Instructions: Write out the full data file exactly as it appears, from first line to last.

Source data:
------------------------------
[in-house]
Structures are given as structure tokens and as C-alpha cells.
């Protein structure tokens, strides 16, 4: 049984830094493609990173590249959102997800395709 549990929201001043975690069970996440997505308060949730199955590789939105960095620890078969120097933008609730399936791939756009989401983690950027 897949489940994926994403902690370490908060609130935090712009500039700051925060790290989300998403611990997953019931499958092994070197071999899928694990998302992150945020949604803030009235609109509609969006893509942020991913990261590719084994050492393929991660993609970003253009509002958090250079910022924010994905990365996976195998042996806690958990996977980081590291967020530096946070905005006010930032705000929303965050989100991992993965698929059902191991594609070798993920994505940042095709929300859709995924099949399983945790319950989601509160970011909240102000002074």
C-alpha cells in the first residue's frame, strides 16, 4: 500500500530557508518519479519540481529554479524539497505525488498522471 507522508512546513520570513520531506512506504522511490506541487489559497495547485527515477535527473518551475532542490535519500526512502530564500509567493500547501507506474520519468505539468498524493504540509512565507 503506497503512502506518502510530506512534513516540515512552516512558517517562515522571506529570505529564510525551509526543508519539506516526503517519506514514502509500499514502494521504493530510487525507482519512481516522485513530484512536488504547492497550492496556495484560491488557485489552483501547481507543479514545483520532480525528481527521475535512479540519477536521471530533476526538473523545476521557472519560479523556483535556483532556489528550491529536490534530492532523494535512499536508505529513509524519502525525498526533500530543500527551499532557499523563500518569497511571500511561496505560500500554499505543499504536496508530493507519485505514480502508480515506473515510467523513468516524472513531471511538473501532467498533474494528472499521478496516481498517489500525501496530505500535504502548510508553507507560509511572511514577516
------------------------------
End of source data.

[in-house]
Structures are given as structure tokens and as C-alpha cells.
């Protein structure tokens, strides 16, 4: 049984830094493609990173590249959102997800395709 549990929201001043975690069970996440997505308060949730199955590789939105960095620890078969120097933008609730399936791939756009989401983690950027 897949489940994926994403902690370490908060609130935090712009500039700051925060790290989300998403611990997953019931499958092994070197071999899928694990998302992150945020949604803030009235609109509609969006893509942020991913990261590719084994050492393929991660993609970003253009509002958090250079910022924010994905990365996976195998042996806690958990996977980081590291967020530096946070905005006010930032705000929303965050989100991992993965698929059902191991594609070798993920994505940042095709929300859709995924099949399983945790319950989601509160970011909240102000002074």
C-alpha cells in the first residue's frame, strides 16, 4: 500500500530557508518519479519540481529554479524539497505525488498522471 507522508512546513520570513520531506512506504522511490506541487489559497495547485527515477535527473518551475532542490535519500526512502530564500509567493500547501507506474520519468505539468498524493504540509512565507 503506497503512502506518502510530506512534513516540515512552516512558517517562515522571506529570505529564510525551509526543508519539506516526503517519506514514502509500499514502494521504493530510487525507482519512481516522485513530484512536488504547492497550492496556495484560491488557485489552483501547481507543479514545483520532480525528481527521475535512479540519477536521471530533476526538473523545476521557472519560479523556483535556483532556489528550491529536490534530492532523494535512499536508505529513509524519502525525498526533500530543500527551499532557499523563500518569497511571500511561496505560500500554499505543499504536496508530493507519485505514480502508480515506473515510467523513468516524472513531471511538473501532467498533474494528472499521478496516481498517489500525501496530505500535504502548510508553507507560509511572511514577516